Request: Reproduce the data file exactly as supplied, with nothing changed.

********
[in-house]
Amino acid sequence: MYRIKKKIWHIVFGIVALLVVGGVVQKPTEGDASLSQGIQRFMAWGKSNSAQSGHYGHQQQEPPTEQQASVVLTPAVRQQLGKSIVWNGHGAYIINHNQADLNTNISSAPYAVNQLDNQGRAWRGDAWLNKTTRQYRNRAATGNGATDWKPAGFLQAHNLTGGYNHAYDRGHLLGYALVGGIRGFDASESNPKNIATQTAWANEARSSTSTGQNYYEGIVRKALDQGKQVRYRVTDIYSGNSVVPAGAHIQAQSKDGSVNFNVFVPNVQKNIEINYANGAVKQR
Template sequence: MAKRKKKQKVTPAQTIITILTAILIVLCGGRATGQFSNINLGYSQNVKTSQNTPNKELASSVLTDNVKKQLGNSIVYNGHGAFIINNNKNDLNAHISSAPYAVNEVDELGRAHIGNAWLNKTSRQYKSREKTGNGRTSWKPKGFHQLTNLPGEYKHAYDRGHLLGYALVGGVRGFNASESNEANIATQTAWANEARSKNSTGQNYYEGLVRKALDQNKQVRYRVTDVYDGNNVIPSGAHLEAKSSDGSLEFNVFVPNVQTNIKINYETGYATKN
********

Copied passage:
[in-house]
Amino acid sequence: MYRIKKKIWHIVFGIVALLVVGGVVQKPTEGDASLSQGIQRFMAWGKSNSAQSGHYGHQQQEPPTEQQASVVLTPAVRQQLGKSIVWNGHGAYIINHNQADLNTNISSAPYAVNQLDNQGRAWRGDAWLNKTTRQYRNRAATGNGATDWKPAGFLQAHNLTGGYNHAYDRGHLLGYALVGGIRGFDASESNPKNIATQTAWANEARSSTSTGQNYYEGIVRKALDQGKQVRYRVTDIYSGNSVVPAGAHIQAQSKDGSVNFNVFVPNVQKNIEINYANGAVKQR
Template sequence: MAKRKKKQKVTPAQTIITILTAILIVLCGGRATGQFSNINLGYSQNVKTSQNTPNKELASSVLTDNVKKQLGNSIVYNGHGAFIINNNKNDLNAHISSAPYAVNEVDELGRAHIGNAWLNKTSRQYKSREKTGNGRTSWKPKGFHQLTNLPGEYKHAYDRGHLLGYALVGGVRGFNASESNEANIATQTAWANEARSKNSTGQNYYEGLVRKALDQNKQVRYRVTDVYDGNNVIPSGAHLEAKSSDGSLEFNVFVPNVQTNIKINYETGYATKN